turning our Meetinghouses and Friends Churches into peace training
centers. It was led by Elise Boulding, Kevin Clements, and me. Elise
provided a framework with a discussion of the culture of peace,
including the experiences of our families and Meeting communities as
places that
are and can be a peace culture. She then led us in a visioning exercise
to encourage the imagination to create what our Meetings might be like.
I shared the Adelphi      experience and led a team-building exercise.
Kevin Clements, New Zealand Friend currently heading the Institute for
Conflict Analysis and Resolution at George Mason University in Virginia,
provided an invaluable overview of what has been learned from peace and
conflict research and practice. There was much enthusiasm for
implementing ideas in home meetings throughout the Yearly Meeting. 

     Individual Quakers like Kevin Clements and Elise Boulding have been
deeply involved in creating and developing the fast-growing field of
conflict resolution and management. There is now a considerable body of
research and experience on which Friends can draw. Individual Quakers
and Quaker organizations have also developed and spread CCRC,
Alternatives to Violence Project, Help Increase the Peace Program, and
many other training programs that are active throughout the world. Many
Meetings have trainers and practitioners in our midst. Our Meetings can
better support and nurture a larger witness in our communities and our
world by designing and conducting projects that help Quakers learn
skills of peacebuilding that are useful in daily life. Incidentally, we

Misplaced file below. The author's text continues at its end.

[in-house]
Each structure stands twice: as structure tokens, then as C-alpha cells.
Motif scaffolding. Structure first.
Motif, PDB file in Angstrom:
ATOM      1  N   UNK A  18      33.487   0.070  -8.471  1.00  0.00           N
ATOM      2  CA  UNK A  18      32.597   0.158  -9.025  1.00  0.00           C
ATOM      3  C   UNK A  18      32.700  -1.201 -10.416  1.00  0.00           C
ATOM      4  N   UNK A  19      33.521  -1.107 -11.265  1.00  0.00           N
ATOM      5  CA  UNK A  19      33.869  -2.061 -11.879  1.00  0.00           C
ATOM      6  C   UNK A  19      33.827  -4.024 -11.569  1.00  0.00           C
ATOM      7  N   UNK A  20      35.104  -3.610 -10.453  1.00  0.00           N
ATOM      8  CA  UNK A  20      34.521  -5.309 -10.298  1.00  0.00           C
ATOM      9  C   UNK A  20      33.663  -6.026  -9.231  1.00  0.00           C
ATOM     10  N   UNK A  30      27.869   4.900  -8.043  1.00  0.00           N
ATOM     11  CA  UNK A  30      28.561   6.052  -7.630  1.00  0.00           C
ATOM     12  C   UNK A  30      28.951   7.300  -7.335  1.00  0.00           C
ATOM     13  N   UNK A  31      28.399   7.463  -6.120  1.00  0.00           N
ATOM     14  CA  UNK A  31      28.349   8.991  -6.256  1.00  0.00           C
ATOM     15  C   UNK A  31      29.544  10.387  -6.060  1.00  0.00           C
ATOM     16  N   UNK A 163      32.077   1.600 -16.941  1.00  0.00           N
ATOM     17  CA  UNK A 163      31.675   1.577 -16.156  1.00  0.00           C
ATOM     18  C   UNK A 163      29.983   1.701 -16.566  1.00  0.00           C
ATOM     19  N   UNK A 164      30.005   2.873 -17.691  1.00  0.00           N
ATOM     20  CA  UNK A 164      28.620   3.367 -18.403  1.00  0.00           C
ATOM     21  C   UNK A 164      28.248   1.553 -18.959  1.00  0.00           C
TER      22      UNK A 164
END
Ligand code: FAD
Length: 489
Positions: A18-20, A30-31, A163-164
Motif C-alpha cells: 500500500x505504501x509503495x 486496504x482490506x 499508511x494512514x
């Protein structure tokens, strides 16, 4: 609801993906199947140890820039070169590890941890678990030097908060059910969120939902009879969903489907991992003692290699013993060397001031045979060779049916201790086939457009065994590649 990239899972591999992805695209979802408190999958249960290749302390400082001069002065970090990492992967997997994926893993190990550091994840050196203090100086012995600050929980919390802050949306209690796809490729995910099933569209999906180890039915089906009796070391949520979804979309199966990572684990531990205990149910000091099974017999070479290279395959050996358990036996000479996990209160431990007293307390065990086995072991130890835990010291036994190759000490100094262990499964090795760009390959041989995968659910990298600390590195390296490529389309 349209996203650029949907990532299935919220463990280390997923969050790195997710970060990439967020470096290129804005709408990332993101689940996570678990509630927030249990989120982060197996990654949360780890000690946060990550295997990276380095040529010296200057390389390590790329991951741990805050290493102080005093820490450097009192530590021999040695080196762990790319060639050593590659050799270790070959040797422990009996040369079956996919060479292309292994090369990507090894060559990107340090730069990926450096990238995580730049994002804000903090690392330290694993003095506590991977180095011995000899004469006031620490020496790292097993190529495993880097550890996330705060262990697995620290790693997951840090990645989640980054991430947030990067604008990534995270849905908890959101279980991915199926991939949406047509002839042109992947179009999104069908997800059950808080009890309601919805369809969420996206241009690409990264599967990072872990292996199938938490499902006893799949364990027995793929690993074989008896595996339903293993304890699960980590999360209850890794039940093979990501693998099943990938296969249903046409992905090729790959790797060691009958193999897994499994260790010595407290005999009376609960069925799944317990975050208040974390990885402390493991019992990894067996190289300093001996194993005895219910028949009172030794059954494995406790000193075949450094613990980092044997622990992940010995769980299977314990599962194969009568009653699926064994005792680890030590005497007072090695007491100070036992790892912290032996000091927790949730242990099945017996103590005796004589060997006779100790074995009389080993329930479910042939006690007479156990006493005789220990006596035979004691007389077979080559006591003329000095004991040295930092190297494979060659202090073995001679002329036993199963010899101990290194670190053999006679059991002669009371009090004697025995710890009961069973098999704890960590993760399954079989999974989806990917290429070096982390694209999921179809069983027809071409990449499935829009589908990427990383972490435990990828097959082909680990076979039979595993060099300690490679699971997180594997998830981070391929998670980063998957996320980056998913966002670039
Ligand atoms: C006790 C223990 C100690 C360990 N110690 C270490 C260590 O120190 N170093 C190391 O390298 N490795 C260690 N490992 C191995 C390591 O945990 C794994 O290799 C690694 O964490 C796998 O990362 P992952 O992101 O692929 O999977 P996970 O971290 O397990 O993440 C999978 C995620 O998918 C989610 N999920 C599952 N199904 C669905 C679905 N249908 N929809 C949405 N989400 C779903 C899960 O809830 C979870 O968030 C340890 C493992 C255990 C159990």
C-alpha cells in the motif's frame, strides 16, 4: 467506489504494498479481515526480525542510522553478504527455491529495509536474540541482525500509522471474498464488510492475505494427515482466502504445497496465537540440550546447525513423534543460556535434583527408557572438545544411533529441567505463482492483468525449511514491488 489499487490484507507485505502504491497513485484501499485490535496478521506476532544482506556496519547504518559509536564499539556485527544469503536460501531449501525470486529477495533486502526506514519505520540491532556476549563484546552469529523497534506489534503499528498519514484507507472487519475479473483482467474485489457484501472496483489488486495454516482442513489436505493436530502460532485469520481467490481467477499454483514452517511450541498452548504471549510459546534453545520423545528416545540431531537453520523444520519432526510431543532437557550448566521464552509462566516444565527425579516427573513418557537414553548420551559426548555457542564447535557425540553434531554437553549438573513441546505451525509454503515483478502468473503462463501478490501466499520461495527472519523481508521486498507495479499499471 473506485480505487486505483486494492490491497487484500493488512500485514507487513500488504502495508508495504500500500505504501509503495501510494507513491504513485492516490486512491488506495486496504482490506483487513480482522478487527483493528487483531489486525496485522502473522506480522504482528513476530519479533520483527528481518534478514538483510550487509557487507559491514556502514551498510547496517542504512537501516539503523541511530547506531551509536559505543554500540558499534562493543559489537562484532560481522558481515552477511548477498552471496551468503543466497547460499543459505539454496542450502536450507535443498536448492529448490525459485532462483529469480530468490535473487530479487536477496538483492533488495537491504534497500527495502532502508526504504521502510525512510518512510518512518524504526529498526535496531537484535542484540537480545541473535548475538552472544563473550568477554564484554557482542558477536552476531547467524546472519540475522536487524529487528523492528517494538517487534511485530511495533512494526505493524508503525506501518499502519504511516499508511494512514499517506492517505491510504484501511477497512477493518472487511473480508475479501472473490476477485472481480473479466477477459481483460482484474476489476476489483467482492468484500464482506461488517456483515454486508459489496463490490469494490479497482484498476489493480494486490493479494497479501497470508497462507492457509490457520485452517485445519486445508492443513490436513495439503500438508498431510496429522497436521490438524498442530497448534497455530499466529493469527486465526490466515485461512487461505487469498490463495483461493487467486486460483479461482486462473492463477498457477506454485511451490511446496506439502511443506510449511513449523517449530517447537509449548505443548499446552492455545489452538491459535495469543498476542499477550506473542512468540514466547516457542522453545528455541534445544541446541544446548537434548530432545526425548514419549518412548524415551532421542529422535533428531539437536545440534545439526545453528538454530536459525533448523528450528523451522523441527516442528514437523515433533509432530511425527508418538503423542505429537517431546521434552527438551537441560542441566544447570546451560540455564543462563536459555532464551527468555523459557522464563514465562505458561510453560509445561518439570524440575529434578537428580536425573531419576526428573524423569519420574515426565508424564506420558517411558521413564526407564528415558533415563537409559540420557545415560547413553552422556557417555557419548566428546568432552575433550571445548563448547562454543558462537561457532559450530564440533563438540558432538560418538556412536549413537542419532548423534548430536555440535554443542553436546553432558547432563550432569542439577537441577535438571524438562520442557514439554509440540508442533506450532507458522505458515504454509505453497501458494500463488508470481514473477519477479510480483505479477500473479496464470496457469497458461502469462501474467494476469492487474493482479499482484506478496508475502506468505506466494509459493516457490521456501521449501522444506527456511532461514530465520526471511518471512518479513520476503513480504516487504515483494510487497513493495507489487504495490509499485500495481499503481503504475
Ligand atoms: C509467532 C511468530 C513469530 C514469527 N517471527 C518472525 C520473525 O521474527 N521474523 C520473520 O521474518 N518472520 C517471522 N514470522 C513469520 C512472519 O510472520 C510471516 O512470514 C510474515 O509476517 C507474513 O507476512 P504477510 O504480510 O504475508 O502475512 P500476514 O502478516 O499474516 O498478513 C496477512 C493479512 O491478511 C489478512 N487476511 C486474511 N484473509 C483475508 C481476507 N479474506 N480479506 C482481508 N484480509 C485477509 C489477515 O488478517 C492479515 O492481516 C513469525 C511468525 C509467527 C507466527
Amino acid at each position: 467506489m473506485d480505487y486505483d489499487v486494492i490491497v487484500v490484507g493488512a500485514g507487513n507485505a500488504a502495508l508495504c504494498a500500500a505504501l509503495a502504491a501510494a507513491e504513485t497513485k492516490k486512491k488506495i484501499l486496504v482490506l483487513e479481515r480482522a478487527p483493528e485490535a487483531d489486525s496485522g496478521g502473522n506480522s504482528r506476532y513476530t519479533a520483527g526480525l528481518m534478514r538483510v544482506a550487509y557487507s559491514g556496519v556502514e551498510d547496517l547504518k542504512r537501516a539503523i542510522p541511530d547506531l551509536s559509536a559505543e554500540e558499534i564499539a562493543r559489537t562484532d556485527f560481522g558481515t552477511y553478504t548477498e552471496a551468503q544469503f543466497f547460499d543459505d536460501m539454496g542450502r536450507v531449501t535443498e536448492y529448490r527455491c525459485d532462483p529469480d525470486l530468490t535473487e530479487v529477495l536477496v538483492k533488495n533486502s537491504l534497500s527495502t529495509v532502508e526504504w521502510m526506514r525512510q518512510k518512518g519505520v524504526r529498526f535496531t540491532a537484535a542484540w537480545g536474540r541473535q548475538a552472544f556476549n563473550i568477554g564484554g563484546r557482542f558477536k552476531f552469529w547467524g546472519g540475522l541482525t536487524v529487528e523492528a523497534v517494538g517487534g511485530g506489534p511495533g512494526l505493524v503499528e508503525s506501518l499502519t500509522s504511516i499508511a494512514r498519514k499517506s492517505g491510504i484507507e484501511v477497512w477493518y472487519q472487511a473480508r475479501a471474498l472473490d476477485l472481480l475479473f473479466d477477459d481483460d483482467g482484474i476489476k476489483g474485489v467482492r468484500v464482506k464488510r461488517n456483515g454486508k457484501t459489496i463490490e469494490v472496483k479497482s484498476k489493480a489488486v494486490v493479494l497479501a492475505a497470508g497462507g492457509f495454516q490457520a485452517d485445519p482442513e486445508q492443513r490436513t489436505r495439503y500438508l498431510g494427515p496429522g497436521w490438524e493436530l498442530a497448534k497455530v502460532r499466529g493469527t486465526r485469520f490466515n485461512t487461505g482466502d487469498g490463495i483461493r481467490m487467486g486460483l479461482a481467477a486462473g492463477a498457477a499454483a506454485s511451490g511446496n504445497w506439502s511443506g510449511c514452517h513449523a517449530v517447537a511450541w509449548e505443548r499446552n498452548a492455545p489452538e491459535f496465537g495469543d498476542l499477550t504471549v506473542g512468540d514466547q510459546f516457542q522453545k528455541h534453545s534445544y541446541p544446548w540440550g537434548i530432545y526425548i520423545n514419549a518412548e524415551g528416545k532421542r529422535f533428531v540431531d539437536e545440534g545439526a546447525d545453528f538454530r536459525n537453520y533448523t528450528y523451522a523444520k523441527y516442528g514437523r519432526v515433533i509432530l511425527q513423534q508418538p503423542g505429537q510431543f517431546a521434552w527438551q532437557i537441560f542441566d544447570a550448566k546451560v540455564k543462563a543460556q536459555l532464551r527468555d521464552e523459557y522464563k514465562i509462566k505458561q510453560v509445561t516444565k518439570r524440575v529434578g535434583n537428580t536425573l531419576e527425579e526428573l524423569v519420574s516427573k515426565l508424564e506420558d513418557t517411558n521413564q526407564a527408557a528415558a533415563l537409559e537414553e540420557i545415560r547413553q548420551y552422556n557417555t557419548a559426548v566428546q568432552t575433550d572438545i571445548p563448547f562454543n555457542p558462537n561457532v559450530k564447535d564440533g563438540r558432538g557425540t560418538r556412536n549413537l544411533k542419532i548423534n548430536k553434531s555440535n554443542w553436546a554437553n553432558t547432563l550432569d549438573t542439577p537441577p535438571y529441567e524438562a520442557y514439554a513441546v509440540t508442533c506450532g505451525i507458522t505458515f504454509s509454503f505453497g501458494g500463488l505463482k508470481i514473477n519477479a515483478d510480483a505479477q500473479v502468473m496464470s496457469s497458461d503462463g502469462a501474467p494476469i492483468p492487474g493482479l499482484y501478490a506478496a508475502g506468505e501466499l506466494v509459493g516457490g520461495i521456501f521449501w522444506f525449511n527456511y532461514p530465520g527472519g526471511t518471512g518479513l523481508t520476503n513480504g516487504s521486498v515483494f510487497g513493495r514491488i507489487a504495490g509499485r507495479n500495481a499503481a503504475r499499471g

may even learn how to work together more effectively across the
diversity of Friend's beliefs. 

     For nearly 350 years, Friends have testified "to that life and
power that [takes] away the occasion of all wars. ...[to] the covenant
of peace which was before wars and strifes were." (See The Journal of
George Fox, A Year in Derby Jail, Friends United Press, 1983.) Personal
pacifism, the renunciation of violence and war has been a consistent
Friends' witness since the Society was formed. It is one of the things
which 
defines us publicly in the wider world. But believing a thing does not
necessarily mean we know what to do.  
     Often Friends peace testimony has been expressed as nonviolent
protest against war or injustice. That prophetic protest is still
needed. But we are also challenged to show ourselves and others that the
path of nonviolence is not only right, it's also pragmatic and
practical. For more information on how to turn your Monthly Meeting or
Friends Church into a training center, contact Mary Lord, 2623 Holman
Avenue, Silver Spring,
MD 20910, 301/588-0626. 
                    ***The means are the ends.***